Matt Pritchard is an actor, singer and voice-over artist living in New York City. He also owns a small photography business specializing in actor’s head shots. During his final years of college, Matt discovered a love of economics and philosophy, and quickly came to believe that democratic nation states are incompatible with maximum human freedom, both morally and practically. Accordingly, he is excited by the prospect of introducing greater competition into the field of government. His perspective on how to achieve these goals changed radically after watching Patri Friedman’s 2009 speech on seasteading at the Mises Institute in Brazil.
Matt recently posted a Youtube video with a point-by-point rebuttal to an online talk show host’s misinformed rant on the subject of seasteading. The video has received over 400 views since being posted in mid-December, and is a stellar example of creative ambassador outreach.
Alex Merced works as a securities licensing instructor on Wall Street, where he trains new entrants to the financial industry. He is also a political theorist, activist and prolific blogger/vlogger (video blogger). Alex uses online media channels to spread the message of seasteading and other freedom-related causes to a wide audience–his YouTube channel alone has over 160,000 views and nearly 1,000 subscribers. You can find Alex’s seasteading-related content here and here, and additional content at AlexMerced.com.
Alex is interested in enabling alternative governance structures, a la seasteading, for the purpose of learning how societies can better coordinate their various functions.
Both Matt and Alex will be joining The Seasteading Institute at the 2012 International Students for Liberty Conference, where they will help recruit students for our new volunteer research program and spread the word about our organization, which brings us to…
We are co-sponsors of the upcoming International Students for Liberty Conference, February 17 – 19, 2012, in Washington D.C. The event will the largest gathering of young liberty-oriented people ever organized, and we see huge potential to raise awareness of our organization and mission, and to recruit the next generation of seasteading enthusiasts, volunteers and entrepreneurs.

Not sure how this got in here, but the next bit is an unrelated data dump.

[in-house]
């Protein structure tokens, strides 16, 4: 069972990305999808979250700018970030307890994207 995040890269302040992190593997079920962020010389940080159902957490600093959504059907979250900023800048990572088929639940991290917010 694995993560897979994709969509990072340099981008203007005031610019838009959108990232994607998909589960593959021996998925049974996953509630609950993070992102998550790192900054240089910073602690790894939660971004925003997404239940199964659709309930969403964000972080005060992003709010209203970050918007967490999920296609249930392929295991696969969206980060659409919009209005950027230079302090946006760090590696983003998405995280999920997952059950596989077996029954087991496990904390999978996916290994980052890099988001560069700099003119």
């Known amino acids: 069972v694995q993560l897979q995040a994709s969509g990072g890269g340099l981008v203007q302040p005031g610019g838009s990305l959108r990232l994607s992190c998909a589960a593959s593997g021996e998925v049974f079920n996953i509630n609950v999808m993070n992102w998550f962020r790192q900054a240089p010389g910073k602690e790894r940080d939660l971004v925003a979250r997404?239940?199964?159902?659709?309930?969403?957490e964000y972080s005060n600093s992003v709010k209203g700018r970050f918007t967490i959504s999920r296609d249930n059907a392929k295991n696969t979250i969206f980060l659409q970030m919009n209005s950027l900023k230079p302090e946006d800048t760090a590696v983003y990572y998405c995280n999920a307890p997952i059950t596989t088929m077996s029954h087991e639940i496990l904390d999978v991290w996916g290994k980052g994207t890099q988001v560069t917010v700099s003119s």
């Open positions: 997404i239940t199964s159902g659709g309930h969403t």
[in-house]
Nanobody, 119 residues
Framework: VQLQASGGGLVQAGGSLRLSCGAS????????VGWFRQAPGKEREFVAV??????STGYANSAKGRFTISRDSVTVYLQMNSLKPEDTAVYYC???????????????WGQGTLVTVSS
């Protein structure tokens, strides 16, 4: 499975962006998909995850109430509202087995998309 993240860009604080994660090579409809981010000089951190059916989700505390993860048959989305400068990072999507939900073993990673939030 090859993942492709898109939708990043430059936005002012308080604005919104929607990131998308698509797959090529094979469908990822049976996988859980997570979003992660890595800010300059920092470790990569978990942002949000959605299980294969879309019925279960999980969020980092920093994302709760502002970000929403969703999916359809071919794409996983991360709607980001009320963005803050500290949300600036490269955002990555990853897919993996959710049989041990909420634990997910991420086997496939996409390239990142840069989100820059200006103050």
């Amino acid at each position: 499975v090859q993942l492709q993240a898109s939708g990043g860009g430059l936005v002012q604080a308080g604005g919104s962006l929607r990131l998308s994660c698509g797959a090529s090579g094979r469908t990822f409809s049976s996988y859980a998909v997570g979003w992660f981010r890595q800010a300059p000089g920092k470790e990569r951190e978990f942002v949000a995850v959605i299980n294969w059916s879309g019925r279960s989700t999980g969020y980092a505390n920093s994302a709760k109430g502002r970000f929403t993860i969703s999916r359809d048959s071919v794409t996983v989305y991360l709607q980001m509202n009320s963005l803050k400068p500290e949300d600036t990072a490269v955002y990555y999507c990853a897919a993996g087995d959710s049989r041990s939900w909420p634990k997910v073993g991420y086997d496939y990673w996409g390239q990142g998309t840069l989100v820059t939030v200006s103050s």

Seasteading Institute President Michael Keenan will speak at one of the breakout sessions on the latest developments in the movement, and will inform students on opportunities to further our mission while simultaneously satisfying graduation requirements. We will soon be launching a section of our website that shows students how to craft research proposals and navigate their schools’ independent study requirements, enabling them to tackle practical questions facing early seasteading ventures in exchange for school credit.
We are particularly excited because our co-founder and generous supporter Peter Thiel will be the keynote speaker on the opening night of the conference. Thiel has been a vocal advocate for greater entrepreneurship among young people, and his speech will likely echo this theme, priming conference attendees for Michael’s pitch to students to participate in our research program.
In addition to hosting a breakout session, The Seasteading Institute will be tabling all day on Saturday, December 18th, and networking with students and other conference attendees all weekend long. Three of our ambassadors have already confirmed their attendance, but we are still hoping to recruit more volunteers to help us spread the word. We are also looking into shared accommodations to make it more affordable — if you or anyone you know lives in the D.C. area and can host a few seasteaders for a night or two, please email us at email@example.com.
Dan Haight, author and friend of the Institute, recently published Flotilla a novel about a mariculture society in the future. Responding to our 2011 call for stories from the future, Dan generously submitted “Fishing is the Future and Colony D Already Lives There,” which is styled as a news article adapted from Flotilla. The book chronicles Jim, a boy who raises fish, dodges fish and grows up on the open ocean. Facing difficulties at home Jim is sent to a seasteading colony off the coast of California with his estranged father. We hope you enjoy reading Dan’s story from the future and encourage you to check out Flotilla.
We are curious to know what professions aspiring seasteaders imagine having on a seastead. So this month we’re asking for a quick response to the open-ended question: If you could live and work on a seastead in the near future, what profession would you like to have? We’ll let you know the results of the survey in the next newsletter.
You can access the survey here.